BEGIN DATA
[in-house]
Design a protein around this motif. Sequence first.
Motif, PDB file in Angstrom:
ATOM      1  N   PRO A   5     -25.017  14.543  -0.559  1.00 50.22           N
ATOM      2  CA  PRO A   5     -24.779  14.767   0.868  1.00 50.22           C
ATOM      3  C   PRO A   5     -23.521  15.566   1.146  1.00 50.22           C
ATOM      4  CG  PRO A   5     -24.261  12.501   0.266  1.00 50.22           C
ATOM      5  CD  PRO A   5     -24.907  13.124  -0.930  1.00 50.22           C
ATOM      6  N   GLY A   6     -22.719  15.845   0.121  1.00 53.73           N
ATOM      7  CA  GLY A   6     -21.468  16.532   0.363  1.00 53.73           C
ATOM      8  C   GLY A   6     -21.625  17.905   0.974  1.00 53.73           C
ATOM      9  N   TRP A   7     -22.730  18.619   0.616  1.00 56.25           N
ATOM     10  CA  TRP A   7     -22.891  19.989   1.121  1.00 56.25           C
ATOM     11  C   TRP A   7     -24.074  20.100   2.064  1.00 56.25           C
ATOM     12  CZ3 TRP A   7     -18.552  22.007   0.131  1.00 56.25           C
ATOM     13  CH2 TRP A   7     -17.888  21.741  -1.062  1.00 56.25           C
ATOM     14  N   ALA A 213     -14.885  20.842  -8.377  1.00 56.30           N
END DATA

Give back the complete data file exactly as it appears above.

[in-house]
Design a protein around this motif. Sequence first.
Motif, PDB file in Angstrom:
ATOM      1  N   PRO A   5     -25.017  14.543  -0.559  1.00 50.22           N
ATOM      2  CA  PRO A   5     -24.779  14.767   0.868  1.00 50.22           C
ATOM      3  C   PRO A   5     -23.521  15.566   1.146  1.00 50.22           C
ATOM      4  CG  PRO A   5     -24.261  12.501   0.266  1.00 50.22           C
ATOM      5  CD  PRO A   5     -24.907  13.124  -0.930  1.00 50.22           C
ATOM      6  N   GLY A   6     -22.719  15.845   0.121  1.00 53.73           N
ATOM      7  CA  GLY A   6     -21.468  16.532   0.363  1.00 53.73           C
ATOM      8  C   GLY A   6     -21.625  17.905   0.974  1.00 53.73           C
ATOM      9  N   TRP A   7     -22.730  18.619   0.616  1.00 56.25           N
ATOM     10  CA  TRP A   7     -22.891  19.989   1.121  1.00 56.25           C
ATOM     11  C   TRP A   7     -24.074  20.100   2.064  1.00 56.25           C
ATOM     12  CZ3 TRP A   7     -18.552  22.007   0.131  1.00 56.25           C
ATOM     13  CH2 TRP A   7     -17.888  21.741  -1.062  1.00 56.25           C
ATOM     14  N   ALA A 213     -14.885  20.842  -8.377  1.00 56.30           N